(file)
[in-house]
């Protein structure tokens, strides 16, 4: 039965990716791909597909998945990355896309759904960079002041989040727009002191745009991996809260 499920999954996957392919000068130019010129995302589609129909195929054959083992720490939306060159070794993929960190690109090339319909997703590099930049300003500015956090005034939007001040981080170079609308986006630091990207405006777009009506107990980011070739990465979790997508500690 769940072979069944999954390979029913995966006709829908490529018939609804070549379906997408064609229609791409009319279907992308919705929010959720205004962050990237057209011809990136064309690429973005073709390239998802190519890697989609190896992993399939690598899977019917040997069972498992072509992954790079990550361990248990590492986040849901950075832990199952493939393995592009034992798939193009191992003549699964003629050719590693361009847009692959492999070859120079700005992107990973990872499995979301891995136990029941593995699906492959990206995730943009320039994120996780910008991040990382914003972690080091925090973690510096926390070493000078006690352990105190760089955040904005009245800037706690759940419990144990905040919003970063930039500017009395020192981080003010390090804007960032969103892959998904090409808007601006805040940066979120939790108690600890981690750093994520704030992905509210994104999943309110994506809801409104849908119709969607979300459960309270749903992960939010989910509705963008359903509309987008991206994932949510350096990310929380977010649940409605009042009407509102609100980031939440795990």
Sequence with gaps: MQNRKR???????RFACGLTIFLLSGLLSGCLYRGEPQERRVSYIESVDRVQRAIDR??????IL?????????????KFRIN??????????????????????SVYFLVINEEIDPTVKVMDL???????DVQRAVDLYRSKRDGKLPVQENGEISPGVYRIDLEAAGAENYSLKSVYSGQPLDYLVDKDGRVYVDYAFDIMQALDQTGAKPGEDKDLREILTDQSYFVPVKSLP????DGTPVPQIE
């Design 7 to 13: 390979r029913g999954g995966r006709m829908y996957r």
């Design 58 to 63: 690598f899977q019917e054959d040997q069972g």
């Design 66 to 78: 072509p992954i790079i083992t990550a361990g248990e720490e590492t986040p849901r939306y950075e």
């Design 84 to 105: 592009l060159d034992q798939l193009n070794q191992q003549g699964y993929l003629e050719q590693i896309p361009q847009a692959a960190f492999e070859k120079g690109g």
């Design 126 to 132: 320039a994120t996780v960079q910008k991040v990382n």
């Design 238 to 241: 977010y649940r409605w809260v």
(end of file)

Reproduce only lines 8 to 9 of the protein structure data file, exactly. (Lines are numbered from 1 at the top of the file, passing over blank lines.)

């Design 126 to 132: 320039a994120t996780v960079q910008k991040v990382n």
């Design 238 to 241: 977010y649940r409605w809260v």